Tickets go on sale January 30 at 10 am and are priced accessibly at $25 or $10 (students/artists/arts workers/unemployed/underemployed). With only 100 available, demand is expected to be high. For those unable to secure tickets in the initial sale, the Gardiner will run free weekly ticket giveaways on social media leading up to the performance.
Up To and Including Their Limits was commissioned as part the special exhibition RAW, which opens to the public on March 5. RAW features new work by Cassils, Magdolene Dykstra, Azza El Siddique, and Linda Swanson, all of whom are working with unfired clay in innovative and surprising ways.
The remnants of Cassils’ performance, including the plexiglass structure, harness, and clay, will remain on view throughout the exhibition alongside video documentation of the piece.
Up To and Including Their Limits will take place on February 20. RAW runs from March 5 to June 7.
Visit www.gardinermuseum.com to learn more.
ABOUT THE ARTIST
Cassils is a visual artist working in live performance, film, sound, sculpture and photography. Cassils has achieved international recognition for a rigorous engagement with the body as a form of social sculpture. It is with sweat, blood, and sinew that Cassils constructs a visual critique around ideologies and histories. Cassils received their Bachelor of Fine Arts from the Nova Scotia College of Art and Design, Halifax (1997) and their Master of Fine Arts in Art and Integrated Media from California Institute of the Arts, Valencia (2002). Their work has been shown in exhibitions worldwide; solo exhibition venues include Perth Museum of Contemporary Art, Perth; Station Museum, Texas; and Ronald Feldman Gallery (NYC) and Trinity Square Video (Toronto). They have also received several awards, fellowships, and residencies, including support from the Canada Council for the Arts (2020), John Simon Guggenheim Fellowship (2018), Creative Capital (2015) and is a Villa Bellagio Rockefeller Foundation Fellow.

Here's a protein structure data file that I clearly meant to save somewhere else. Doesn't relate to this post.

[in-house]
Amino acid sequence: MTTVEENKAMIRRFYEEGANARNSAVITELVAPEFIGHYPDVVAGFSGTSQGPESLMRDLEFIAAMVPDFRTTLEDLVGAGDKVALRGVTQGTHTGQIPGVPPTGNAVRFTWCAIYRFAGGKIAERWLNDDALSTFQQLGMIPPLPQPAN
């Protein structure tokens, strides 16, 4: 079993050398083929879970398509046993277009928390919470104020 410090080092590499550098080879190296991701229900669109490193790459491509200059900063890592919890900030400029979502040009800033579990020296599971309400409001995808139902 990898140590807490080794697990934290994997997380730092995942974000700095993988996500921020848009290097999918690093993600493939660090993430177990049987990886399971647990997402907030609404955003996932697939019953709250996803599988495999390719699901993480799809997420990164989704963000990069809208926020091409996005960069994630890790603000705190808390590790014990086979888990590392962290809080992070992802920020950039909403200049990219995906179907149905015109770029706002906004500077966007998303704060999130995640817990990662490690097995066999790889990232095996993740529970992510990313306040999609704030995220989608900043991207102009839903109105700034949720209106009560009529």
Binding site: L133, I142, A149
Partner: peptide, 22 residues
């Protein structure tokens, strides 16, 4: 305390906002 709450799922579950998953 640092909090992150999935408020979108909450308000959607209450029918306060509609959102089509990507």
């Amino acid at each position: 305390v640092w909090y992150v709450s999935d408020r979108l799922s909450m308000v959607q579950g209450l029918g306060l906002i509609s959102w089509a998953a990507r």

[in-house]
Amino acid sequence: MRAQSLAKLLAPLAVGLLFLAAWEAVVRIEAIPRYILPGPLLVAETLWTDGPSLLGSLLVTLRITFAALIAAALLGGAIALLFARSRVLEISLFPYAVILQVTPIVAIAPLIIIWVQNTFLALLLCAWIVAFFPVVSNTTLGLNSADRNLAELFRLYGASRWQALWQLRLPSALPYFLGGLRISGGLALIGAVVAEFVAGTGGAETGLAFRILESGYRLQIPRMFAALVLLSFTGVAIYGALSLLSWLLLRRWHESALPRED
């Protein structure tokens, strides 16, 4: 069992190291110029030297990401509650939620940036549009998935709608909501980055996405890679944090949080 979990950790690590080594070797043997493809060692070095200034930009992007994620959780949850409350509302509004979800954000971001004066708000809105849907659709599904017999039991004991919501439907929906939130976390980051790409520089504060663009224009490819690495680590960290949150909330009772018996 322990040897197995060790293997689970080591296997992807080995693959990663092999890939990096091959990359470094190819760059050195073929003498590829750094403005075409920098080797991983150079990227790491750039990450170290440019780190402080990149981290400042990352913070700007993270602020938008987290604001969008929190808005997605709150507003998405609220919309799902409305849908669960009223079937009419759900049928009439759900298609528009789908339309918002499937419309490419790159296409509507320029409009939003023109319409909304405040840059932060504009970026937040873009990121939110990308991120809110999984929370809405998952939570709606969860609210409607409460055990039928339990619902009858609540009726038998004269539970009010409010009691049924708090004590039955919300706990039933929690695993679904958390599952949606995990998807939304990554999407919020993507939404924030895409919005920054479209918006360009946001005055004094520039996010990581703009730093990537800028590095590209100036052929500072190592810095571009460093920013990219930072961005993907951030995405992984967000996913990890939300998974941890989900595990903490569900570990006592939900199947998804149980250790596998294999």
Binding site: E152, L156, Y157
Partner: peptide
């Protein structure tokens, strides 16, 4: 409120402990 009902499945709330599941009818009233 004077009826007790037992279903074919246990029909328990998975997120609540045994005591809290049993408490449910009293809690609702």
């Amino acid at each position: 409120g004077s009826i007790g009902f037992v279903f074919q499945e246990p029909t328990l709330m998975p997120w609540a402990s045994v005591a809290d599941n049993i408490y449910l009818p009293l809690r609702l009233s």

ABOUT THE GARDINER MUSEUM
The Gardiner Museum brings together people of all ages and backgrounds through the shared values of creativity, wonder, and community that clay and ceramic traditions inspire.
The George R. Gardiner Museum of Ceramic Art was founded by Toronto businessperson and philanthropist George Gardiner and his wife Helen in 1984, and was established in a building designed by Keith Wagland on the campus of Victoria University in the University of Toronto. The Museum was managed by the Royal Ontario Museum from 1987 to 1996 and then, with an additional endowment from George Gardiner before his death in 1997, became and remains an independent, non-profit museum. The Gardiner’s remarkable building was substantially renovated in 2004 by KPMB Architects.
The Gardiner Museum’s collection of ceramics comprises approximately 4,000 objects, and focuses on specific areas which have been collected in depth. These include the most important collection of European porcelain in Canada, with particular strengths in Meissen, Vienna, and Hausmaler decorated porcelain, as well as a comprehensive collection of figures inspired by the commedia dell’arte. It holds the best collection of Italian Renaissance maiolica in Canada, and a superb collection of English tin-glazed pottery. The Gardiner preserves highly significant collections of ceramics from the Ancient Americas, Chinese blue and white porcelain, Japanese porcelain, and contemporary Canadian ceramics. It also houses a research library and archives, clay studios, award-winning Shop, and a restaurant.
The Gardiner Museum is among the few museums in the world focused on ceramics, and is one of the world’s most notable specialty museums. For more information, please visit: www.gardinermuseum.com.